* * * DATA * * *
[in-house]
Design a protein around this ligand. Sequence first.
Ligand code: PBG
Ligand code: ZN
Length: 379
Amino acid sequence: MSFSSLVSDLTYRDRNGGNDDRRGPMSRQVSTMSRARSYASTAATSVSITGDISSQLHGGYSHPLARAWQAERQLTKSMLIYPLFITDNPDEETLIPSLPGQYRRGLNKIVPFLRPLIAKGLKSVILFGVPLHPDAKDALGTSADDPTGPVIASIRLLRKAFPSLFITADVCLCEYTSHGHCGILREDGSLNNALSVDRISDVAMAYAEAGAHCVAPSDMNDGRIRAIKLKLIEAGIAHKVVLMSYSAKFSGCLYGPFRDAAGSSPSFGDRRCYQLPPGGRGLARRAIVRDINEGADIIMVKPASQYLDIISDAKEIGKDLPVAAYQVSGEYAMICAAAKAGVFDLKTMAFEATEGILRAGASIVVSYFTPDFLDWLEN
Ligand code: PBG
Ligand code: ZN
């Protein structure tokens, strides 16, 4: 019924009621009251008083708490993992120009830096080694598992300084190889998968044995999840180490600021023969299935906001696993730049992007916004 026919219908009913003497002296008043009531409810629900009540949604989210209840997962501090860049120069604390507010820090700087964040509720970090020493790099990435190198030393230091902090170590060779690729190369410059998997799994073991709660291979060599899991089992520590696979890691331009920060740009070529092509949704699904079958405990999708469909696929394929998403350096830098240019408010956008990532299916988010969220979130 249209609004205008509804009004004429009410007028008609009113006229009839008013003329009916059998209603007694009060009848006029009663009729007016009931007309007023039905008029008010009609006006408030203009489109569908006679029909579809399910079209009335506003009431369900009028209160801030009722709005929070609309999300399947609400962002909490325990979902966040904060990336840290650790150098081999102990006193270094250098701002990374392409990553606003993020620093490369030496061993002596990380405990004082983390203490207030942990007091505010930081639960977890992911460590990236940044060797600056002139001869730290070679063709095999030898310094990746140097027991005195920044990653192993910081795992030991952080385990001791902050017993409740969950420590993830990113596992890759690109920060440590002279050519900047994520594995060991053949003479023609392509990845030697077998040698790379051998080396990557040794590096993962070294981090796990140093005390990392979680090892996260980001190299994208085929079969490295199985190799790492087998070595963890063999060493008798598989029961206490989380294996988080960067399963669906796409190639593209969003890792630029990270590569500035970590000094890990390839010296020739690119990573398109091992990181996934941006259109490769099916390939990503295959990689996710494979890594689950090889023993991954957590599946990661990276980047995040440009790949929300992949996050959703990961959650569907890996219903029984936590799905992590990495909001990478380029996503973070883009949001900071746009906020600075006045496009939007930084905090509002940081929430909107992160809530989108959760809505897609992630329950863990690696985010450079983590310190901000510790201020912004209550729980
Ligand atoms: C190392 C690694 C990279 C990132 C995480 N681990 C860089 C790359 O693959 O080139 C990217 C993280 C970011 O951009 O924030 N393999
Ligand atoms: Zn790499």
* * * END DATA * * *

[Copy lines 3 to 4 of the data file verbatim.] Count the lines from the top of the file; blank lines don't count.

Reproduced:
Ligand code: PBG
Ligand code: ZN